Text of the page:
Tag: Domestic Violence & Custody

Free Speech and Family Law Clash

Free speech and family law clash again, as a Florida appellate court rules on just how far a judge can go in restraining an online stalker of a politician. Like the plot of Tiger King gone wrong, a Broward state senator filed an injunction against a convicted sex offender who also happens to be a public advocate on behalf of registered sex offenders.

Free Speech Family Law

Joe Exotic and Carole Baskin Redux

Lauren Frances Book is a Florida State Senator who also runs a non-profit called “Lauren’s Kids” to assist survivors of sexual abuse and to prevent its occurrence. Because of her own childhood experience as a victim, she has been an advocate for laws that support and maintain sex offender registries, and place residency restrictions on convicted offenders.

Derek Logue, like the senator, is also a public figure of sorts. After he was convicted of sexually assaulting an 11-year-old girl in 2001, he co-founded what is described as the Anti-Registry Movement – which opposes sex offender laws.

Channeling “Joe Exotic” and “Carol Baskin”, Logue travels to, organizes, and participates in various demonstrations and counter-demonstrations around the nation opposing the type of sex offender laws for which the senator advocates. He also has Facebook and Twitter accounts and internet websites. One website is “Floridians for Freedom: Ron and Lauren Book Exposed.”

Sen. Book has complained about Logue’s online comments:

“I think I found the official Laura Ahearn/ Lauren Book theme song” next to a link to a YouTube video for a song titled, “You Are A C—,” by Australian singer and comedian Kat McSnatch:

“Why don’t you shut that scabby c— mouth before I f— up your face.” The crude video also features an image of a tombstone that reads, “R.I.P. Annoying C—.”

On his website as well as other social media platforms he uploaded a picture of the senator’s home along with her address; a video for a song containing an obscene title, with lyrics that are “Not Safe For Work” posted on his Twitter page and a cartoon depicting a headstone with a vulgar insult and the phrase, “Died of Natural Causes.”

Sen. Book filed an injunction claiming she fears for her and her family’s safety following physical threats Logue allegedly made against her online and in person during two public events in 2015 and 2016. She wants to keep him from coming within 500 feet of her home and her offices.

The trial court granted the injunction without identifying which of the various occurrences supported it.

Florida Free Speech and Family Law

I’ve written about free speech in family cases before. Family courts have a lot of power to protect children, and that can involve restraints on free speech. Speech can also be enjoined under our domestic violence laws. In Florida, the term “domestic violence” has a very specific meaning, and it is more inclusive than most people realize.

It means any assault, aggravated assault, battery, aggravated battery, sexual assault, sexual battery, stalking, aggravated stalking, kidnapping, false imprisonment, or any criminal offense resulting in physical injury or death of one family or household member by another family or household member.

It can also mean cyberstalking. A person who willfully, maliciously, and repeatedly follows, harasses, or cyberstalks another person and makes a credible threat to that person commits the offense of aggravated stalking, a felony of the third degree.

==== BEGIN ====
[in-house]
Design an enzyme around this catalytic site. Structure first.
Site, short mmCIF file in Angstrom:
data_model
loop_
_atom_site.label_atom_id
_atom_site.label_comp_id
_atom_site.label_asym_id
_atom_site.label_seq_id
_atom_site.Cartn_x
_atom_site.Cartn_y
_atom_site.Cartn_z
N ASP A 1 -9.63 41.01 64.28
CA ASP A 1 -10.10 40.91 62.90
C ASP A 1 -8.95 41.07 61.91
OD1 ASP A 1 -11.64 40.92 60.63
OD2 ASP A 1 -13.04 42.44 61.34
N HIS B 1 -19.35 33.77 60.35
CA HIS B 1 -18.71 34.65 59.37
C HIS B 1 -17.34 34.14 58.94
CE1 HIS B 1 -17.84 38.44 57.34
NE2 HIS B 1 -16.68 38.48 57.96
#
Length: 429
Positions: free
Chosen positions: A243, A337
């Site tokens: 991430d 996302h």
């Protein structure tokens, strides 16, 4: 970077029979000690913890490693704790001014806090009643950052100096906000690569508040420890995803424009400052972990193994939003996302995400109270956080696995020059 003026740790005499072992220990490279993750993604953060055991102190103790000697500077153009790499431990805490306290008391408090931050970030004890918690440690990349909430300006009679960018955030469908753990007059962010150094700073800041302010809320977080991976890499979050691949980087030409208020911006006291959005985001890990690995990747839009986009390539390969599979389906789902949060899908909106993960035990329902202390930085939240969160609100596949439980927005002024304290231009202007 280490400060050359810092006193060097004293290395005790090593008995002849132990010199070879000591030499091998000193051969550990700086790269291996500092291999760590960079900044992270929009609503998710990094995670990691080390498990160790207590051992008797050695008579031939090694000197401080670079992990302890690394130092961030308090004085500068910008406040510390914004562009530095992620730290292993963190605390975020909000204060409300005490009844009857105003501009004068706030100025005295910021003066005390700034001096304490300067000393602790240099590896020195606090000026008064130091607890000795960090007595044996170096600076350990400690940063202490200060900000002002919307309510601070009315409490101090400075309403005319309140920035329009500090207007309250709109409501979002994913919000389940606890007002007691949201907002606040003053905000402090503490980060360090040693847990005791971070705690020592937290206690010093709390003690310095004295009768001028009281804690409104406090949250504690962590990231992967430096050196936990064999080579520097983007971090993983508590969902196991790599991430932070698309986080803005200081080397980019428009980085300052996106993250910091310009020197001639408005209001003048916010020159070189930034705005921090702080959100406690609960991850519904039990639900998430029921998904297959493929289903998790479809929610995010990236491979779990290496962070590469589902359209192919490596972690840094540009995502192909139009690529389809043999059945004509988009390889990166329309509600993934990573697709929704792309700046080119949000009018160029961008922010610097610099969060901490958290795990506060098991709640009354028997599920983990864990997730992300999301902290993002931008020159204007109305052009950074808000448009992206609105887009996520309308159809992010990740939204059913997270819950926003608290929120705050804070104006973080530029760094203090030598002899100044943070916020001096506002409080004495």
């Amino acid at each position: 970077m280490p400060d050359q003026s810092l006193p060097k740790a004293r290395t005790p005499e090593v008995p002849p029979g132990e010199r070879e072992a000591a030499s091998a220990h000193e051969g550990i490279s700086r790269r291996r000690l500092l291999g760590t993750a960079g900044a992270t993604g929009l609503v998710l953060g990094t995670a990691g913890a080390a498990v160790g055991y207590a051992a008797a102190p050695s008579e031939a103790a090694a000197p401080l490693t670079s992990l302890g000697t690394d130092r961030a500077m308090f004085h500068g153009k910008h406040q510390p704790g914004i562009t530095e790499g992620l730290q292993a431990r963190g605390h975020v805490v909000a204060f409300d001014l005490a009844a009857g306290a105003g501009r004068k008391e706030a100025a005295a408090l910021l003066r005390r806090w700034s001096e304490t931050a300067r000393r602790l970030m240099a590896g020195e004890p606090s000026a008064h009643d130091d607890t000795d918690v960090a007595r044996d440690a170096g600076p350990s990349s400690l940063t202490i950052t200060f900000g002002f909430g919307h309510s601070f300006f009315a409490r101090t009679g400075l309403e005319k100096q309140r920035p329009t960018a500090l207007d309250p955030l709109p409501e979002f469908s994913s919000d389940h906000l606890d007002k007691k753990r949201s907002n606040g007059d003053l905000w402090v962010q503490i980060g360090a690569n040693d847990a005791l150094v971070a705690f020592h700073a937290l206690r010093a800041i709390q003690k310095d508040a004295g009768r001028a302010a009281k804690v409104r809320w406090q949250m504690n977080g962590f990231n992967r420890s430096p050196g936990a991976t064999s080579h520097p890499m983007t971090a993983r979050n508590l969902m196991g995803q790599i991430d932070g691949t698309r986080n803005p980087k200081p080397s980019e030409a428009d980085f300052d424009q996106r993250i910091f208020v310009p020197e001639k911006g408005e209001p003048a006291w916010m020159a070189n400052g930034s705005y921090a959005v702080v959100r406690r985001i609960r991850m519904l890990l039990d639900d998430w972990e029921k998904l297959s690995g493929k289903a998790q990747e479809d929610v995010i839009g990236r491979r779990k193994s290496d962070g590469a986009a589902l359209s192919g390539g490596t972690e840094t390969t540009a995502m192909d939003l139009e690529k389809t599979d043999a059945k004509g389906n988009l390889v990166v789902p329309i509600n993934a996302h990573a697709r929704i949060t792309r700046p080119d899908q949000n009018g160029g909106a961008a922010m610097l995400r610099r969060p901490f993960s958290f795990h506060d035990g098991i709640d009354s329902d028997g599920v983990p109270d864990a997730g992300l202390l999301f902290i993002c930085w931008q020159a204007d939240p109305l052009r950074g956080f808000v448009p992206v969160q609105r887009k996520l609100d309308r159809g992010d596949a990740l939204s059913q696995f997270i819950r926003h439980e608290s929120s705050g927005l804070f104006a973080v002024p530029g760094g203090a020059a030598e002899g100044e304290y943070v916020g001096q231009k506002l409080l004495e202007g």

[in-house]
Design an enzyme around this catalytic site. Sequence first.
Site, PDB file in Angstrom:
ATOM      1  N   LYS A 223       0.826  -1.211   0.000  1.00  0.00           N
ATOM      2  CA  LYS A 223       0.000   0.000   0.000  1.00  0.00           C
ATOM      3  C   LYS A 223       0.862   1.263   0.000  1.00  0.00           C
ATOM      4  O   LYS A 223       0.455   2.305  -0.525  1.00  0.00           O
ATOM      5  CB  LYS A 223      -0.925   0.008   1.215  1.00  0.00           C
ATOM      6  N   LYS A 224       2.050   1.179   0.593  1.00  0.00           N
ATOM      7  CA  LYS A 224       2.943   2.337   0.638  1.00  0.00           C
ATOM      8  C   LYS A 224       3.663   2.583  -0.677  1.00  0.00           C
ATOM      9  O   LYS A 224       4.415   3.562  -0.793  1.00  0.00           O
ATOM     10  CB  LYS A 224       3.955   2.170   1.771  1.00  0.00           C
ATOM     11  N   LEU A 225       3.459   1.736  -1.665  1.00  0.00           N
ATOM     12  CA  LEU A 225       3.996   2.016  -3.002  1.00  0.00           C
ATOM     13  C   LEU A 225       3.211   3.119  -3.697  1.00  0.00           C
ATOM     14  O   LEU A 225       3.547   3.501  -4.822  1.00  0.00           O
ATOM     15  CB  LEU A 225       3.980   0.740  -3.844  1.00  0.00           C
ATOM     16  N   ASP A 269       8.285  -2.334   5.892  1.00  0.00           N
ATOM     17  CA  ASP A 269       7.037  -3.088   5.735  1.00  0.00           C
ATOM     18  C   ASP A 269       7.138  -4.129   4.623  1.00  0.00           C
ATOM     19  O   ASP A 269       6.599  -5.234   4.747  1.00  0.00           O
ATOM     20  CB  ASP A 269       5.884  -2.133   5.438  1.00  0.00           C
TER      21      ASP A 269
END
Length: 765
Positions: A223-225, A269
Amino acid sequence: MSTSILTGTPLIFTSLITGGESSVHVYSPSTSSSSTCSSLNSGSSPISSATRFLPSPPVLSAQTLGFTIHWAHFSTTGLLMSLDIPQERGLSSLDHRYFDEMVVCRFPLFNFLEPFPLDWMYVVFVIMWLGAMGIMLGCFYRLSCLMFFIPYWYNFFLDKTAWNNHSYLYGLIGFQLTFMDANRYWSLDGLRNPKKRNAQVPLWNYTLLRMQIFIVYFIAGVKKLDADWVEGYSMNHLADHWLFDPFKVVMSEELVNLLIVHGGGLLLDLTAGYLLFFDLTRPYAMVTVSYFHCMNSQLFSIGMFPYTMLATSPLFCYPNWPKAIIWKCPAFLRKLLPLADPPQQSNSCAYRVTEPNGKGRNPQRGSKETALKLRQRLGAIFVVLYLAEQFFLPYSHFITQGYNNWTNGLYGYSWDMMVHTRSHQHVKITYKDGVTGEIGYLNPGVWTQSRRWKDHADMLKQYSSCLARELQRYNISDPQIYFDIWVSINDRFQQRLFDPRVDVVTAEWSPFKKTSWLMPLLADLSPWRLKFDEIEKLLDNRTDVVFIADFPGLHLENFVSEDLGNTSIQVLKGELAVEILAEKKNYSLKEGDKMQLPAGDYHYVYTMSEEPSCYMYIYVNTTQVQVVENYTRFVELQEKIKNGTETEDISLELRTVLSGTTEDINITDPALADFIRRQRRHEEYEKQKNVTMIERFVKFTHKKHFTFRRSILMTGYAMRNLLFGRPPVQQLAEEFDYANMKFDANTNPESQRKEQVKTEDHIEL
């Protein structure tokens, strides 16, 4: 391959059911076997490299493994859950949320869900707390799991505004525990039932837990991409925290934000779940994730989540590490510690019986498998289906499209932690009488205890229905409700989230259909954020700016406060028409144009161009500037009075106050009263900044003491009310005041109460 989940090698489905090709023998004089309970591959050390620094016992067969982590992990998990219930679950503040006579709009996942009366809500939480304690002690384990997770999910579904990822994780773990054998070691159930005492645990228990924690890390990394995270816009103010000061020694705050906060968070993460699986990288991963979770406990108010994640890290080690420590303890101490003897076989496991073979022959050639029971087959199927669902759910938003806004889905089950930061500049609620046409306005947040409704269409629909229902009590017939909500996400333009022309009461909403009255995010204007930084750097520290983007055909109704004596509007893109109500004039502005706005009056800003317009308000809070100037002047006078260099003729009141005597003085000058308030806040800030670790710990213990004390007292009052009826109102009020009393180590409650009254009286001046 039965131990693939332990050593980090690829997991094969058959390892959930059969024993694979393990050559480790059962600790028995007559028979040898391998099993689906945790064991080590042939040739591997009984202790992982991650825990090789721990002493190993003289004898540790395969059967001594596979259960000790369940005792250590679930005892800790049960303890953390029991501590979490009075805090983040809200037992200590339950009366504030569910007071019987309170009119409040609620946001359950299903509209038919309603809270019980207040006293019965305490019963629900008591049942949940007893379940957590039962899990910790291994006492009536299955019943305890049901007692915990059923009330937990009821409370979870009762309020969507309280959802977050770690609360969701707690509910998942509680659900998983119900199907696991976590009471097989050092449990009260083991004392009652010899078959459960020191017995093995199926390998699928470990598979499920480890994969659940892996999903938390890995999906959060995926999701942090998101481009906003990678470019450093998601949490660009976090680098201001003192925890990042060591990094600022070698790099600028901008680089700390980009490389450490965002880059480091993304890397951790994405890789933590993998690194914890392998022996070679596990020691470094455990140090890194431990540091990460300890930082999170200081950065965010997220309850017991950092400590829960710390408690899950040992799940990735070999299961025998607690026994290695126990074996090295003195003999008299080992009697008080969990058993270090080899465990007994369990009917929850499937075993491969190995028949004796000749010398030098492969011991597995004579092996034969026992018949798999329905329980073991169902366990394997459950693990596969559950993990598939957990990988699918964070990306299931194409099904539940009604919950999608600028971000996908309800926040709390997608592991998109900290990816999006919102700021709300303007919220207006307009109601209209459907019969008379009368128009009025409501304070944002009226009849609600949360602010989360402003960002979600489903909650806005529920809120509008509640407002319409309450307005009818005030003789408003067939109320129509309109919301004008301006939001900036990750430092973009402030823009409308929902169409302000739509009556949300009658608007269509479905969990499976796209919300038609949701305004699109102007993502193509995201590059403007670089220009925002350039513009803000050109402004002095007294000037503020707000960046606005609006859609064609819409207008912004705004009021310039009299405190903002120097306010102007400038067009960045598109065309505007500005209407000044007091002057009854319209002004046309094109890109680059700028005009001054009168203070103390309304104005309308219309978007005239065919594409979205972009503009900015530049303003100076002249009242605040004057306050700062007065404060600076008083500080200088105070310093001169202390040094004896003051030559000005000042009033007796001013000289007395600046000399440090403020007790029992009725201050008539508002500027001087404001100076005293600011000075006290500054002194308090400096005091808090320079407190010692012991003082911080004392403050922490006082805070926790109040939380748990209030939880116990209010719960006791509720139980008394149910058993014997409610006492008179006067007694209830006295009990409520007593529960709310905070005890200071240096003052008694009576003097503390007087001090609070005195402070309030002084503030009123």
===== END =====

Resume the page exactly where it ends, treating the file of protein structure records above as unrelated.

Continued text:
A credible threat means a verbal or nonverbal threat, or a combination of the two, including threats delivered by electronic communication or implied by a pattern of conduct, which places the person who is the target of the threat in reasonable fear for his or her safety or the safety of his or her family members or individuals closely associated with the person, and which is made with the apparent ability to carry out the threat to cause such harm.

Tiger King 2

Logue appealed, saying his actions served a legitimate purpose advocating against legislation affecting sex offenders, his social media posts don’t constitute “a course of conduct directed at a specific person” and the senator’s subjective fear does not satisfy the objective “reasonable person” standard required by the statute.

The court found that here, although the posting of the vulgar song may have been directed at the senator, and was certainly intended to be insulting, it was not credibly or objectively threatening. Even if it were, an injunction is not the appropriate remedy.

The case presented an issue that goes to the foundation of our country— freedom of expression under the First Amendment of the U.S. Constitution. While the senator was irritated by Logue’s actions, the Constitution protects the right of the political irritant to voice his opinions as much as it protects any citizen’s right to do so.

Publicly expressing anger toward an elected official is not a basis for entry of an injunction. In public debate, elected officials must tolerate insulting remarks—even angry, outrageous speech—to provide breathing room for the First Amendment.

Courts have acknowledged that what may be actionable in the context of interactions between private individuals are viewed differently in the context of political debate by public actors. Because the senator is a public figure and not a private citizen what constitutes harassment, credible threats, or even defamation against her is different.

The opinion is available here.

 

Divorce and Domestic Violence

Police in California are investigating whether a “tumultuous divorce” was the reason a father is accused of murdering his still-missing 5-year-old son. What is the link between divorce domestic violence?

Aramazd Andressian Sr. was arrested on Friday and set to be arraigned this week — allegedly executed a “pre-planned” killing of little Aramazd Andressian Jr., investigators said in a news conference. The boy was last seen after midnight April 21 at Disneyland in Anaheim with his dad, prompting an ongoing months-long search.

Andressian had intended to take his own life before he was found hours later passed out in South Pasadena’s Arroyo Park, Los Angeles County Sheriff’s Department officials said.